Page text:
Rainer Maria Rilke: Nature, Man, and Art
I have to admit relief at turning from philosophers like Schopenhauer and Whitehead to poet and novelists, even though Rilke can present his own problems. This 1903 essay deals with the attempt of human beings to reconcile themselves through art to the manifest gulf between humanity and nature. In the statement, "It always seems that Nature does not know at all that we cultivate her and timidly put a small part of her forces to our own use," Rilke acknowledges not only the separation but also the implicit superiority of Nature. For "whatever men may have achieved, no man has been great enough to cause her to sympathize with his pain, to share in his rejoicing."
Like Robbe-Grillet, Rilke acknowledges the "pathetic fallacy," but unlike him, he is not ready to embrace the separation as the impetus to a new art. There are those who are
unwilling to leave the Nature they have lost, [who] go in pursuit of her and try now, consciously and by the use of their concentrated will, to come as near to her again as they were in their childhood without knowing it. It will be understood that [these people] are artists: poets or painters, composers or architects, fundamentally lonely spirits, who, in turning to Nature, put the eternal above the transitory, that which is most profoundly based on law above that which is fundamentally ephemeral, and who, since they cannot persuade nature to concern herself with them, see their task to be the understanding of Nature, so that they may take their place somewhere in her great design.Rilke sees this attempt at a reunion with Nature as "the theme and purpose of all art," that is, "the reconciliation of the Individual and the All, and the moment of exaltation, the artistically important Moment, would seem to be that in which the two scales of the balance counterpoise one another." Thus, "a symphony mingles the voices of a stormy day with the tumult of our blood" and "a building owes its character half to us and half to the forest."
Marcel Proust: The Life of the Hawthorn
|Marcel Proust, date unknown|
In this rhapsodic selection from Swann's Way, Proust recounts the narrator's boyhood experience contemplating the beauty of hawthorn blossoms. In the context of the novel, it links up with his first encounter with Gilberte, Swann's daughter, the object of endless fascination throughout much of In Search of Lost Time. It also serves to introduce the narrator's passionate desire to establish some sort of intimacy with nature, "to absorb myself in the rhythm which disposed their flowers here and there with the light-heartedness of youth, and at intervals as unexpected as certain intervals of music ... like those melodies which one can play over a hundred times in succession without coming any nearer to their secret." Music once again becomes the touchstone for the aesthetic experience. But he is doomed to failure:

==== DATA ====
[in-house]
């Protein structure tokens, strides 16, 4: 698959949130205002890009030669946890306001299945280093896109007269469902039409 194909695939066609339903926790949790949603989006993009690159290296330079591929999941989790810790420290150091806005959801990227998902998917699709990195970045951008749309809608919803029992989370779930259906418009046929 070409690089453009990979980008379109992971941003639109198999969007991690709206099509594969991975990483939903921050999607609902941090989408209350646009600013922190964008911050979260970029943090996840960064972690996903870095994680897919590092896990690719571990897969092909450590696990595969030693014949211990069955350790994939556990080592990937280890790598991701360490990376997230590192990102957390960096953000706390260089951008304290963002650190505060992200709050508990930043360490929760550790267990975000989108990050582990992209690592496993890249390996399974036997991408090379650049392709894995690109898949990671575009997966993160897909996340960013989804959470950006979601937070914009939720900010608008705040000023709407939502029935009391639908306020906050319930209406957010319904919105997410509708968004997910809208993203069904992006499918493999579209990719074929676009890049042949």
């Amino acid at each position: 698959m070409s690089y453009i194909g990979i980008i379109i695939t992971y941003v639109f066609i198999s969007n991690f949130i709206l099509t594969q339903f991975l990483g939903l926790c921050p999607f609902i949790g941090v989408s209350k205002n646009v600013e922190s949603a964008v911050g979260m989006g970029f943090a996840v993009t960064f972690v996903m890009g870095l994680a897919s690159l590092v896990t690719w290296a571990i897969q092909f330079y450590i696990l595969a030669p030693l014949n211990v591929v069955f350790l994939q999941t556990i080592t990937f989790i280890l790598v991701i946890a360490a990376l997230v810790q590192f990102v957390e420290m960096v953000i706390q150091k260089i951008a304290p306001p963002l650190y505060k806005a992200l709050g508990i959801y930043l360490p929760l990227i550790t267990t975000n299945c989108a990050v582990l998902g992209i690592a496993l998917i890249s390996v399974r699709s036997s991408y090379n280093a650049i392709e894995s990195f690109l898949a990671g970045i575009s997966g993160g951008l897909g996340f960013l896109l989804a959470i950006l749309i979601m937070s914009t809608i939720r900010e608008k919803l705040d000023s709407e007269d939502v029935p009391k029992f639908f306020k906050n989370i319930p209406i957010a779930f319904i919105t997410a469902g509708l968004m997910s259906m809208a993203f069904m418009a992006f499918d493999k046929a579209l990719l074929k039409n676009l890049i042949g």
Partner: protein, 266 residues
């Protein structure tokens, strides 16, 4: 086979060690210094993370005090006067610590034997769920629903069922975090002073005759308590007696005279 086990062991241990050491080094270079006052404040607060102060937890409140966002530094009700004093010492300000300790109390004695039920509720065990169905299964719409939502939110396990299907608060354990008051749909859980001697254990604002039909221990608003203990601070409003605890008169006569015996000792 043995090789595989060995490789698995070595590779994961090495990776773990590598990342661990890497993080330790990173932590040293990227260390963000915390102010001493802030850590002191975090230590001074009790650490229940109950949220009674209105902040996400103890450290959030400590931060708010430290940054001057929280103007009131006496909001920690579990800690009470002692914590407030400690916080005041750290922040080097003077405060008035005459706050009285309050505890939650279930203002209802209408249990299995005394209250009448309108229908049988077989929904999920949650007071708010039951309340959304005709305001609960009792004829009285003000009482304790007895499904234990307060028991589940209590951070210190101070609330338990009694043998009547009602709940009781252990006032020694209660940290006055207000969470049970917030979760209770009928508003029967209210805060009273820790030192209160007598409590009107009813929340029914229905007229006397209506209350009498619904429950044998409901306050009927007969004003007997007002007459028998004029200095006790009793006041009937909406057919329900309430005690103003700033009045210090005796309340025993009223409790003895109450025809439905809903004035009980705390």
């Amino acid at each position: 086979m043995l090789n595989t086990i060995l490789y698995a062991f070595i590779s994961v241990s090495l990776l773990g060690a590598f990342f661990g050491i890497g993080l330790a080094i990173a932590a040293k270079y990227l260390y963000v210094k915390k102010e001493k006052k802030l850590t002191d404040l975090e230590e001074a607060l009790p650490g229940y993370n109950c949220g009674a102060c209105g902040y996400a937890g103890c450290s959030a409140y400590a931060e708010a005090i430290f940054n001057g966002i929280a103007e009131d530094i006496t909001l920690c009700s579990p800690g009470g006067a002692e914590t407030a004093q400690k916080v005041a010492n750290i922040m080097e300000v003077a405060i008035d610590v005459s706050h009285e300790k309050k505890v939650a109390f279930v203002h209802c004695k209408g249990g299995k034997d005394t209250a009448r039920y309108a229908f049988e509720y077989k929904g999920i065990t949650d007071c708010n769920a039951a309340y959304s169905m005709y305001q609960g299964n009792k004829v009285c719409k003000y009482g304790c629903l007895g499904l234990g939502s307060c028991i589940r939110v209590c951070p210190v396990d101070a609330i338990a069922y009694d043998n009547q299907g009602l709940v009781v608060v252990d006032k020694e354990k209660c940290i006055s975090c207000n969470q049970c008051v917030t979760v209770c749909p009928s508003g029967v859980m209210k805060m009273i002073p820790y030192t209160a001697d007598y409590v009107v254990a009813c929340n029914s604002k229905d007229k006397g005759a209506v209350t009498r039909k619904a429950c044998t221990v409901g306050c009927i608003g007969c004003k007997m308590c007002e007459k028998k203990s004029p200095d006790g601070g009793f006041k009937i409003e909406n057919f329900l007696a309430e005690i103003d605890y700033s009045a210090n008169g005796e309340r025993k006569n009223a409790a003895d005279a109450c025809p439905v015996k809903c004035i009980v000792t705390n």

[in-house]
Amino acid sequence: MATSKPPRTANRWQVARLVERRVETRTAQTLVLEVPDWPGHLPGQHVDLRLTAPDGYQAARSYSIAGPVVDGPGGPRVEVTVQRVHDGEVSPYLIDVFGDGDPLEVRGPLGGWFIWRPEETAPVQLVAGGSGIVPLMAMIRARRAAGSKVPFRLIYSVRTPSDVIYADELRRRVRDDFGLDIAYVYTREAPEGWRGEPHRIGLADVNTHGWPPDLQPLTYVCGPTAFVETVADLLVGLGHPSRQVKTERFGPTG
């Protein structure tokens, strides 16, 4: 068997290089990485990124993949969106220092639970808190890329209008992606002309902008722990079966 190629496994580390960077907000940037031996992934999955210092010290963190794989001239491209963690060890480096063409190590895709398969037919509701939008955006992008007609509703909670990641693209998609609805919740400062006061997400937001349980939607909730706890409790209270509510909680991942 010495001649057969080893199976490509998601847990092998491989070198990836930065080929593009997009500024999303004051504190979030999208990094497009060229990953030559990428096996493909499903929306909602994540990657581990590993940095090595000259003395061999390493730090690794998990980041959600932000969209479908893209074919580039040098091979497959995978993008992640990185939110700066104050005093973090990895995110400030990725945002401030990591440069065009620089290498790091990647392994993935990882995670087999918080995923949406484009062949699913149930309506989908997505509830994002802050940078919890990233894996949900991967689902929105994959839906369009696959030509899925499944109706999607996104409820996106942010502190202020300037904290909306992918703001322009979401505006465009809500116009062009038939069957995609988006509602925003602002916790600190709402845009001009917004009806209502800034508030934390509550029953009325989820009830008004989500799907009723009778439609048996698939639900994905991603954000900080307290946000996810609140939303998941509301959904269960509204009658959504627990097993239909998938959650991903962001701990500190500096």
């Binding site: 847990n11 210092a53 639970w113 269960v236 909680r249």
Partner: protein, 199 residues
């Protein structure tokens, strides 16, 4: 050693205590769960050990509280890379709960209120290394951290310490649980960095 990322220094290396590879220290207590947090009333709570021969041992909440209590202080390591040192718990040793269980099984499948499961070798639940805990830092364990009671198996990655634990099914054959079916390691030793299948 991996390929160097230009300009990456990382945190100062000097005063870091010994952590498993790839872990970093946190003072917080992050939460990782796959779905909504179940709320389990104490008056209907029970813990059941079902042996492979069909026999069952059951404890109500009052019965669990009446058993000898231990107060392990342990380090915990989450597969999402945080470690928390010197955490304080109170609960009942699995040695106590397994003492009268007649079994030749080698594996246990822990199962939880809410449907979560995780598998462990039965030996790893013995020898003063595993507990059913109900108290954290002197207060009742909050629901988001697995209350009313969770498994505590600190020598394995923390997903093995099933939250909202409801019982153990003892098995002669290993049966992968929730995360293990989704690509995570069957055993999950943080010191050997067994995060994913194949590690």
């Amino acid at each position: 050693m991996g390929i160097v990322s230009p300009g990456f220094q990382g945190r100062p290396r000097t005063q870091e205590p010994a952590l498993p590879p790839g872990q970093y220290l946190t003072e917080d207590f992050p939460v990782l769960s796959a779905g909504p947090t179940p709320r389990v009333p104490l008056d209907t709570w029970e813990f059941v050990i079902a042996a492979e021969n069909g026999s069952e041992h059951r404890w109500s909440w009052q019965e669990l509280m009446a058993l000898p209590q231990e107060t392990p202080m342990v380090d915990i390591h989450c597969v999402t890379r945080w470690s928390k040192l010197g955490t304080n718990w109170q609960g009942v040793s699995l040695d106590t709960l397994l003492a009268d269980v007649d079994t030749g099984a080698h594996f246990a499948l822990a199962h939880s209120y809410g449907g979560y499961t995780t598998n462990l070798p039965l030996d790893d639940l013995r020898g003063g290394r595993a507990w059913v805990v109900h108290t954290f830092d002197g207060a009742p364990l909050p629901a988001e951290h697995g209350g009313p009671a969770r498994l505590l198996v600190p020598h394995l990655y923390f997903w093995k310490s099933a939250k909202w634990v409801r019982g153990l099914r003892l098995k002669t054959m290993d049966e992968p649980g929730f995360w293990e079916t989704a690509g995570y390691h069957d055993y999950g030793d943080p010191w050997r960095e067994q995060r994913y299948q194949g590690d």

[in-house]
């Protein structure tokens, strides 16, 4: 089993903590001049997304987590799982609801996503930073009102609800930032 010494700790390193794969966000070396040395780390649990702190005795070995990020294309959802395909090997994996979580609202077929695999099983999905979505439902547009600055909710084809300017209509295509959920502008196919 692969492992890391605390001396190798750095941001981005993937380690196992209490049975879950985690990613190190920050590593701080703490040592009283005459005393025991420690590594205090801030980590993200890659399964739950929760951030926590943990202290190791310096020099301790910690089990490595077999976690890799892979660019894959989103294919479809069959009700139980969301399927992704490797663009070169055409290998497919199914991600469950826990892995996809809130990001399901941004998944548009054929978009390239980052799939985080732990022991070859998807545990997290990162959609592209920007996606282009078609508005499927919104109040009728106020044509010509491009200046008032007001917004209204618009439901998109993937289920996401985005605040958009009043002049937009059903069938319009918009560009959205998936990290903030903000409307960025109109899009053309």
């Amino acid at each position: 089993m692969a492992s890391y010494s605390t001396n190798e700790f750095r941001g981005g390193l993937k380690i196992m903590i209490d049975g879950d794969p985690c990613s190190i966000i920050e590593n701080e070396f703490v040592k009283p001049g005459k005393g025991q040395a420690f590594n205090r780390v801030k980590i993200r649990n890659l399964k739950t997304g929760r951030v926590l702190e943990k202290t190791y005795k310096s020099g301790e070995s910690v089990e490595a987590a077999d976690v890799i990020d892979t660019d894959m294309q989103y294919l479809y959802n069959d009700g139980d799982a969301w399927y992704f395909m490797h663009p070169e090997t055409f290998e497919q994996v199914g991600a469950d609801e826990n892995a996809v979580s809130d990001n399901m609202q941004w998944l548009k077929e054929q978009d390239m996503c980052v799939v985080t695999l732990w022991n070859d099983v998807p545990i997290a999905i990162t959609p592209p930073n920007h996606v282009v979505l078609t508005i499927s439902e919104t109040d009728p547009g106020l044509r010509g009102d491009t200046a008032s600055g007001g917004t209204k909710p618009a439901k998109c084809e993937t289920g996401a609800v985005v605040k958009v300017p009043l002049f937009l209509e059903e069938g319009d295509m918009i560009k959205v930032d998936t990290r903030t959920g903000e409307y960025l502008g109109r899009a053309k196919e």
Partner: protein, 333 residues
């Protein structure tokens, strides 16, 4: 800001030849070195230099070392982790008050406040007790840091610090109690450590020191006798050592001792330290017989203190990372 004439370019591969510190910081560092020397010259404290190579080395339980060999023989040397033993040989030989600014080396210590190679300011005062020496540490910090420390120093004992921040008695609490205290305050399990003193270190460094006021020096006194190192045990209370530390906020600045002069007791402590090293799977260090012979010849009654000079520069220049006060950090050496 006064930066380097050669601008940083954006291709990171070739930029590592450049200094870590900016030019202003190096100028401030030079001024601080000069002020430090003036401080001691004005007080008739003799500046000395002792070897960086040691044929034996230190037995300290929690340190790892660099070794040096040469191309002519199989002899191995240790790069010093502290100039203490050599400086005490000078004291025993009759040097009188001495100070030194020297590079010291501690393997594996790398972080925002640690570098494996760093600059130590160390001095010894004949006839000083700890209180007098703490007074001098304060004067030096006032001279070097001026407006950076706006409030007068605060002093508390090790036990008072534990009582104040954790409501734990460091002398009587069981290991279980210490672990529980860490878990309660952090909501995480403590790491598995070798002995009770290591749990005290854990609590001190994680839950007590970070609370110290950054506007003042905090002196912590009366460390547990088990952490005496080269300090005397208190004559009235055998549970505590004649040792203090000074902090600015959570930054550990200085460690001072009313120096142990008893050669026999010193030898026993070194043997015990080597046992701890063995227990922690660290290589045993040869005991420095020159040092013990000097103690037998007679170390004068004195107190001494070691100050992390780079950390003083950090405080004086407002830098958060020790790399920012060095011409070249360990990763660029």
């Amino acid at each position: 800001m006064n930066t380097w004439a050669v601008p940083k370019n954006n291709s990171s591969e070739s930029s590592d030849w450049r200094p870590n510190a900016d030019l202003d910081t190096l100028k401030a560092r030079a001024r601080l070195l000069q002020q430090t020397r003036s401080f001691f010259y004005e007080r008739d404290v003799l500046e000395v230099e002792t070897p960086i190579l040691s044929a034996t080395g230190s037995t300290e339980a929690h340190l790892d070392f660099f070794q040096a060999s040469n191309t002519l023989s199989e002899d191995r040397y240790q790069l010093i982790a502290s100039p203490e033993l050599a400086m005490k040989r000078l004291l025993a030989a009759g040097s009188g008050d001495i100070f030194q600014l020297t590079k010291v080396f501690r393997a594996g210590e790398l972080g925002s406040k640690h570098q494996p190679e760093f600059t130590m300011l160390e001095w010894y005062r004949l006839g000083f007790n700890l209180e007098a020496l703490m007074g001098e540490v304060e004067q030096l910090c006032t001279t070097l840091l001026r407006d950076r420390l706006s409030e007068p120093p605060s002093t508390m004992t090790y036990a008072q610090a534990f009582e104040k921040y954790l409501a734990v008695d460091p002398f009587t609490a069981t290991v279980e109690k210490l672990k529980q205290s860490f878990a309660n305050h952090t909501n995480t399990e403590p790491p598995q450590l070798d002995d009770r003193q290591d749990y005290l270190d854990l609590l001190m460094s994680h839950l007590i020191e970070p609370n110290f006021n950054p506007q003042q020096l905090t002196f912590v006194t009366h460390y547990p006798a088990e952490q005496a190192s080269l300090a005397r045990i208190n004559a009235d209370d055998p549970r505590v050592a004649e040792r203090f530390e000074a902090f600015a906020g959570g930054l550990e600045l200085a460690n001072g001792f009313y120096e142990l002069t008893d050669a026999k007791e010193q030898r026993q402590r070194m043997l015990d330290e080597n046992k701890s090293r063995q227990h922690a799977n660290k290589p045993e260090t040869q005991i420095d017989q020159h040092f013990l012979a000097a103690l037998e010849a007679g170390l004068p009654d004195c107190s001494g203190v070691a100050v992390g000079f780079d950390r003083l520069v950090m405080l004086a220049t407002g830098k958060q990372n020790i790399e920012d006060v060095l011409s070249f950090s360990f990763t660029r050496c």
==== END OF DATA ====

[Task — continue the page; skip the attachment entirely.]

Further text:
the sentiment which they aroused in me remained obscure and vague, struggling and failing to free itself, to float across and become one with the flowers. They themselves offered me no enlightenment, and I could not call upon any other flowers to satisfy this mysterious longing.
Elsewhere in the Search we will learn that only through "involuntary memory," an experience triggered unbidden by a sound, a tactile sensation, or, most famously, the taste of a madeleine dipped in lime-flower tea, can contact with the world outside the self offer the enlightenment the narrator seeks here.
It's also significant that this is a childhood experience of the narrator's, an impression made on the unsophisticated mind. The narrator's grandfather directs his attention to a spectacular pink hawthorn, which makes him think of crushed strawberries mixed in cream cheese:
And these flowers had chose precisely the colour of some edible and delicious thing, or of some exquisite addition to one's costume for a great festival, which colours, inasmuch as they make plain the reason for their superiority, are those whose beauty is most evident to the eyes of children, and for that reason must always seem more vivid and more natural than any other tints, even after the child's mind has realised that they offer no gratification to the appetite, and have not been selected by the dressmaker.
He ascribes their beauty to Nature's attempt to charm: "And indeed, I had felt at once, as I had felt before the white blossom, but now still more marvelling, that it was in no artificial manner, by no device of human construction, that the festal intention of these flowers was revealed, but that it was Nature herself who had spontaneously expressed it."